UX Metrix is selling an online self-initiated feedback service. Testing produces customer loyalty and reduces support cost.
Common problems with testing:
It’s not uncommon to observe people struggling through a website and afterwards they say it was “easy enough.” Surveys are particularly bad at uncovering “memory” issues, because time passed between the user’s actual experience and the survey.
ScreenZest reminds them of what may have been “right” and “wrong”.
I probably did something wrong.
Many users blame themselves when website problems occur. Issues that make people feel stupid remain under-reported.
ScreenZest helps uncover issues that people would not report by themselves.
I don’t feel comfortable making suggestions.
People often assume the website they are using is the best that’s possible. Even if a prominent “Contact” option is provided, this may not encourage people to make suggestions.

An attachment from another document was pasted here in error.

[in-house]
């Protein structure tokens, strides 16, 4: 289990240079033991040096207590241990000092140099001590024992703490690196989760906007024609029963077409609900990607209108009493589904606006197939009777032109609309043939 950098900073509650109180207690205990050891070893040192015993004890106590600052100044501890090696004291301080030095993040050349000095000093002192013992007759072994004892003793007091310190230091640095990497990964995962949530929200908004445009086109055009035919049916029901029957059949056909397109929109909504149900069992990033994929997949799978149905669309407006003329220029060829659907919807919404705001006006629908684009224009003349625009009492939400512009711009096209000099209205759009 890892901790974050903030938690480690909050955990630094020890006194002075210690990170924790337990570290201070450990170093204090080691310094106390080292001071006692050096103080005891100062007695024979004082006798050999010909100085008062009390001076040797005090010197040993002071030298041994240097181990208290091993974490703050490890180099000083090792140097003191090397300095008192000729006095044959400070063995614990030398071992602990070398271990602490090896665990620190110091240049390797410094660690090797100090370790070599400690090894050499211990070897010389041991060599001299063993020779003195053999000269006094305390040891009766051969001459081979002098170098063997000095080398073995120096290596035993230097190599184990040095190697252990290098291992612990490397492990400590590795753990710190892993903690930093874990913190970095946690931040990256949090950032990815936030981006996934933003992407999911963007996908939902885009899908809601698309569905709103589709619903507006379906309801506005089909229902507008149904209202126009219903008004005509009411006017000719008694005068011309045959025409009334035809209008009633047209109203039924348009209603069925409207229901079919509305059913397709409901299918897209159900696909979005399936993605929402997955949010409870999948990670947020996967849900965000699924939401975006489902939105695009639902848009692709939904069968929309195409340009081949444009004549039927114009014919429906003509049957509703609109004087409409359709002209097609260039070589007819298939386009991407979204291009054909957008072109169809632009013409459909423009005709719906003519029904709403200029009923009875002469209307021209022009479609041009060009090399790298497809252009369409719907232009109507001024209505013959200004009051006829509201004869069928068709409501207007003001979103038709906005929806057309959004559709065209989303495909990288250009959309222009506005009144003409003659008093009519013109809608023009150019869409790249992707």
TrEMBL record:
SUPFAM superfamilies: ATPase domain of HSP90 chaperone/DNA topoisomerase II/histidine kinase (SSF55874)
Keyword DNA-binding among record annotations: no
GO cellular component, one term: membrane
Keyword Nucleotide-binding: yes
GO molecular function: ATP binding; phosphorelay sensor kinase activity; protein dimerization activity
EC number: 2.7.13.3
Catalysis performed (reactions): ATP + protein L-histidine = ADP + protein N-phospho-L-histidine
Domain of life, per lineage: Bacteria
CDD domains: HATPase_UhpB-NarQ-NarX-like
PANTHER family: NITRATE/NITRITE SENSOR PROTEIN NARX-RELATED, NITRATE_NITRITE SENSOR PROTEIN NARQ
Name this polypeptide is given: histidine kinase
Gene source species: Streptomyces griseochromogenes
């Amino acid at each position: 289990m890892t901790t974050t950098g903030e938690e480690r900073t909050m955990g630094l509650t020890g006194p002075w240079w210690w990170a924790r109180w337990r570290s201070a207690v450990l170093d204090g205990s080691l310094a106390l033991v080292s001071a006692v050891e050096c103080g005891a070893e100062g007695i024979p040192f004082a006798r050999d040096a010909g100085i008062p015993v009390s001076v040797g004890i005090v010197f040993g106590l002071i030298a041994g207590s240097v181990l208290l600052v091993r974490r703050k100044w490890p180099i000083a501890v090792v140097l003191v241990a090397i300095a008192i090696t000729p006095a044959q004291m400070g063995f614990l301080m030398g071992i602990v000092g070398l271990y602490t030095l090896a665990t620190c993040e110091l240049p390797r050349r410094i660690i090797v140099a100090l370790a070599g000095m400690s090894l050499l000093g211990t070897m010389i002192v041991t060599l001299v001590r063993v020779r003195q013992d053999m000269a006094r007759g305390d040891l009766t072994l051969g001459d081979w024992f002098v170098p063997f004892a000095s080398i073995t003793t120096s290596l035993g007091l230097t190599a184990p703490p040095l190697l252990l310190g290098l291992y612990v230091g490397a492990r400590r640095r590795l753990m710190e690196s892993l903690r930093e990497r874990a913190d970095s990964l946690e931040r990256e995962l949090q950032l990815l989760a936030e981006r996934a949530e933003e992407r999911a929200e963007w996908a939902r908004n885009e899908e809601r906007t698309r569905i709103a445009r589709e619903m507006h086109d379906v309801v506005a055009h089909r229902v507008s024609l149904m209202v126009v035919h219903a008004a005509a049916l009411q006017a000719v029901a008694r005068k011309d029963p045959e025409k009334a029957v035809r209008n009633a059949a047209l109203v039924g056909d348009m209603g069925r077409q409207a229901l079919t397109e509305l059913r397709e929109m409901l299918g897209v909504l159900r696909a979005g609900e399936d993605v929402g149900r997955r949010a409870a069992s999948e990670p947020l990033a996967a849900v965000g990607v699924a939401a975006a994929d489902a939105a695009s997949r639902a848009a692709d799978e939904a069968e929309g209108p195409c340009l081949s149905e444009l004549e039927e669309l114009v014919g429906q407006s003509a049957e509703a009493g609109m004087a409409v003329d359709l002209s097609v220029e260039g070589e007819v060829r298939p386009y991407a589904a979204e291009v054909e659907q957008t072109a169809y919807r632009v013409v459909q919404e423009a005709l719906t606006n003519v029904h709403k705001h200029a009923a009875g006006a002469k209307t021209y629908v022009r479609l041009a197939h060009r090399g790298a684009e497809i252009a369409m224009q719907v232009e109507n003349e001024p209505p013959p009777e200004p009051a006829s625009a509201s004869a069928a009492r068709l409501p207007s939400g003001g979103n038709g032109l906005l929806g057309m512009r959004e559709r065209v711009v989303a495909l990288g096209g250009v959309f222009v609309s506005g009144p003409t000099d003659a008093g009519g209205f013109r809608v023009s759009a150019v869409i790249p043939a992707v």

ScreenZest voting has a lower threshold than originating ideas like with surveys, etc. Voting feedback gives quantitative insights and adding comments gives qualitative insights.
Effort vs. Reward
Should I bother?
Someone who has just spent a lot of time trying to use a site will not be excited to spend even more time trying to provide feedback. People may also wonder whether their feedback will reach the right person and be considered.
Always dignify the customer’s effort with a response (automated or personal), even if you can’t use the suggestion. Follow up for clarification if needed; few people will object to showing interest.
Don’t make me jump through hoops.
Companies frequently create obstacles to reduce contact volume, by burying the contact options many clicks deep, or requiring registration (people hate it), or forcing extensive categorization of the type of feedback, or asking for details that don’t make sense or are privacy sensitive.